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Actos Litigation – MDL, MCL & Class Action Lawsuit

stethoscope and gavelThe type 2 diabetes medication Actos has allegedly caused serious harm to thousands of individuals, many of whom have pursued compensation through the courts. Litigation related to Actos injuries can take several different forms, with lawsuits being filed and heard in state as well as federal courts. Generally speaking, plaintiffs tend to filed suits against Takeda Pharmaceuticals, the maker of Actos, on an individual basis, though such cases can also proceed as a class action lawsuit.

Initially granted approval from the U.S. Food and Drug Administration in 1999, Actos was designed to assist diabetics with control of their blood glucose levels. Unfortunately, research studies and an onslaught of adverse event reporting strongly suggested a connection between long-term use of the drug to a significantly raised risk of bladder cancer.

Patients argued that Takeda Pharmaceuticals negligently failed to inform physicians and patients about the true risk of Actos on product labeling and ancillary literature.

Many plaintiffs believe that Takeda engaged in misleading marketing of the drug in which the medication’s benefits were exaggerated and its risks downplayed. Thousands of such individuals now argue that if they had been made aware of the inherent danger posed by Actos, they would never have taken it and would have pursued alternative methods of managing their diabetes.

Two legal channels for pursuing compensation

Those who have suffered injuries as a result of taking Actos have the option of seeking compensation by filing an individual lawsuit or by potentially joining an Actos class action lawsuit. Those choosing the former option will make allegations against the drug manufacturer and seek financial recovery in either federal or state court. Settlement negotiations may occur, but if they prove fruitless or fail to happen, the complaints will go before a jury.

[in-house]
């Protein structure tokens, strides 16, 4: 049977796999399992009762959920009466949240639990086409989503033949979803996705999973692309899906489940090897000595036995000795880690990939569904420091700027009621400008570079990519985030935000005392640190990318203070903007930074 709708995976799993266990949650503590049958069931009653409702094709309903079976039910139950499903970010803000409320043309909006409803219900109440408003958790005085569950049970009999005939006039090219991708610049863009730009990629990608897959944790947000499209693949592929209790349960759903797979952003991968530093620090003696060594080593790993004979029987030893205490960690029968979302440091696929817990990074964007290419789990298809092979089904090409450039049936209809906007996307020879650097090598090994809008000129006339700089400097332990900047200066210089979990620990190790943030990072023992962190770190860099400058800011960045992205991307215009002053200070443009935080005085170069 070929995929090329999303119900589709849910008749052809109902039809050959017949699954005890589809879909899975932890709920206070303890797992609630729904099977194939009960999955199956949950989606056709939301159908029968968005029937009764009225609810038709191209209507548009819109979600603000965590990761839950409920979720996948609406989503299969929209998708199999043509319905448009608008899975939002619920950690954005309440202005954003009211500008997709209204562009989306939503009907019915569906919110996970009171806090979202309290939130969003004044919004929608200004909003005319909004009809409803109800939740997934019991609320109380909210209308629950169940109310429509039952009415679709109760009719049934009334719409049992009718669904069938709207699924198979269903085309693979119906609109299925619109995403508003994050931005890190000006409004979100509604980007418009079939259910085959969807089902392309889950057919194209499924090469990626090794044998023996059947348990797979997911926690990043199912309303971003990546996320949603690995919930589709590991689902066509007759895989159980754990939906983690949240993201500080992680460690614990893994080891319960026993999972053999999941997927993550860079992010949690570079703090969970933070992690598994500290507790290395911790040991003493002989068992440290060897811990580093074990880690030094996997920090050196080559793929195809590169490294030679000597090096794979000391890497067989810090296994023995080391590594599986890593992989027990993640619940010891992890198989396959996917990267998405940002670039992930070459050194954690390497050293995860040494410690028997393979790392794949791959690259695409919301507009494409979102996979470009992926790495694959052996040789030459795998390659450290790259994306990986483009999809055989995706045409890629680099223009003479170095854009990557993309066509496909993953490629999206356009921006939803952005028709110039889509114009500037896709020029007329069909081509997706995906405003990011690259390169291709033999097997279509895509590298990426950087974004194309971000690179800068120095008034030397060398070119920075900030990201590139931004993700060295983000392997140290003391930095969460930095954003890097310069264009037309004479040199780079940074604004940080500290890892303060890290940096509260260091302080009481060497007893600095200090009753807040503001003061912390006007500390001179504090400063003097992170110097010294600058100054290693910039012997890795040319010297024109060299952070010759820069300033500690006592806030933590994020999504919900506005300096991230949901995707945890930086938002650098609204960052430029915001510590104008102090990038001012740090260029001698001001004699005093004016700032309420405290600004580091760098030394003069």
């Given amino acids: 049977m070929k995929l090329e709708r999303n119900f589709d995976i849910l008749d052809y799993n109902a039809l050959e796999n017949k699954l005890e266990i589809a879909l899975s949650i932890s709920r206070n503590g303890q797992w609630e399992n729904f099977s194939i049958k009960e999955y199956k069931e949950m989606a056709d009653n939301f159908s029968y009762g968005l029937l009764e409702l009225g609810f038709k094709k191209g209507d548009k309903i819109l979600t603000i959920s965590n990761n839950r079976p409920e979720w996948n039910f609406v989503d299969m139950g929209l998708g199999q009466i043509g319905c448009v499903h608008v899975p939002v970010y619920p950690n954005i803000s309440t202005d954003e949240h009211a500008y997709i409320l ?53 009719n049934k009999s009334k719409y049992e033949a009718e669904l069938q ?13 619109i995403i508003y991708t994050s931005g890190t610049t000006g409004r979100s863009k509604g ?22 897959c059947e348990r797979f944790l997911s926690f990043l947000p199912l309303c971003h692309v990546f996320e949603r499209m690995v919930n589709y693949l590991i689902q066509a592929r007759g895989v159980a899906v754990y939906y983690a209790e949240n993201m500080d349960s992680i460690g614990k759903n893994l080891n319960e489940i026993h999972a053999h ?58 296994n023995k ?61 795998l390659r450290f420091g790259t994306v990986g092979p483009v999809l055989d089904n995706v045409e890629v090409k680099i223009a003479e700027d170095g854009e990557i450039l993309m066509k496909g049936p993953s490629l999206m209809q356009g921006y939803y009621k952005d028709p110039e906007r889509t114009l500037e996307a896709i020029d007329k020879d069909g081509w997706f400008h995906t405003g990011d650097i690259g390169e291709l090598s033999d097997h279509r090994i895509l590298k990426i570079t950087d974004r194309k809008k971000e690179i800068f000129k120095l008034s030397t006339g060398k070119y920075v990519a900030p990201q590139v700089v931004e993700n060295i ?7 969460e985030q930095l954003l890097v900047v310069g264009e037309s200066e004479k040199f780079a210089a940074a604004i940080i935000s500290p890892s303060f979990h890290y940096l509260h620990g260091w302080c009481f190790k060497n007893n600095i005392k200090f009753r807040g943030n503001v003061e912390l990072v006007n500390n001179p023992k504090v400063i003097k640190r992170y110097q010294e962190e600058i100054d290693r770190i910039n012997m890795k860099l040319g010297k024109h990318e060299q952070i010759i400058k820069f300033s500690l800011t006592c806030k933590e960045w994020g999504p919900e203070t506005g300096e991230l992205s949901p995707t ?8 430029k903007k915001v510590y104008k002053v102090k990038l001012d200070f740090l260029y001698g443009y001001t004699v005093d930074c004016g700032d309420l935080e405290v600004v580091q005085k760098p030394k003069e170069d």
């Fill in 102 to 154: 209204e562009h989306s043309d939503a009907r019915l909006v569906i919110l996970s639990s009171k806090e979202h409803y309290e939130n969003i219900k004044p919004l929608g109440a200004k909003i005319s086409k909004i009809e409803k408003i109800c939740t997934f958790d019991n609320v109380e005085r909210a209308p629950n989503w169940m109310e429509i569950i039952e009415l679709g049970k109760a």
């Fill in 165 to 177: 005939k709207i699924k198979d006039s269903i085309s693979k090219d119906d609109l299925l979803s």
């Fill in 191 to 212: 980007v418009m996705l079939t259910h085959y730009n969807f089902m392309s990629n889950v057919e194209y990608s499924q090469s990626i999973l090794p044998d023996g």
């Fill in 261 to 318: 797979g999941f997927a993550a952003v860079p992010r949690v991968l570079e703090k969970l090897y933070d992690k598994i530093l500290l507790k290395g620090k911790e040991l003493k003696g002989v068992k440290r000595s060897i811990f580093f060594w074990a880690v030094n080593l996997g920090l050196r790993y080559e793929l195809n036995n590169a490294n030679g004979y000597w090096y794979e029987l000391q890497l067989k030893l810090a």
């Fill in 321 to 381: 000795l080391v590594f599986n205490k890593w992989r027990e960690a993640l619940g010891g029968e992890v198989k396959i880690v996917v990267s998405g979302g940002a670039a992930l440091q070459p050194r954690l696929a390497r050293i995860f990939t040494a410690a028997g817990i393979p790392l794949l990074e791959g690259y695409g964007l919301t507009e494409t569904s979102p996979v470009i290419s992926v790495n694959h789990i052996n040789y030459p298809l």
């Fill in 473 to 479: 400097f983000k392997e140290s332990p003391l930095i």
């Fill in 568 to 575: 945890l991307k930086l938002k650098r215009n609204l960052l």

A class action lawsuit, on the other hand, would involve a group of plaintiffs who collectively file a complaint against Takeda Pharmaceuticals. The plaintiff pool would allege common injuries and legal theories that would likely include breach of warranties, failure to warn and defective design or manufacture. In a class action, all plaintiffs must demonstrate that the harm sustained was similar to that of the class and was caused by the same medication.

A class action lawsuit typically assigns a representative plaintiff or a small plaintiff group responsible for acting on the larger group’s behalf. The lawsuit is filed, and the request for class certification will be heard by the court. If approved, the case will be permitted to proceed in that format. Damages won as a result of a class action suit, whether via settlement or verdict, are divided among class members, and litigation costs are shared. While class actions may seem cost-effective to many plaintiffs, the potential recovery is generally less than might have been achieved through an individual lawsuit, particularly if the size of the plaintiff class is large.

Actos litigation in state and federal courts

Plaintiffs who decide to pursue an Actos lawsuit will work in conjunction with their lawyer to determine whether to file in state or federal court. It is common for personal injury cases to proceed in state courts, but if claimed damages exceed $75,000, an injured party may decide to file in federal court, provided that other jurisdictional requirements are met. Cases involving Actos may be included in state mass tort litigation (sometimes referred to as “multi-county litigation”) or federal multidistrict litigation.

The purpose of both types of consolidated litigation is to combine similar cases together to facilitate enhanced efficiencies in pre-trial processes. State mass tort cases link all similar cases filed in a given state, as long as the plaintiffs allege similar harm against the same defendant. A single judge manages the docket of cases in order to streamline proceedings and achieve consistency in rulings.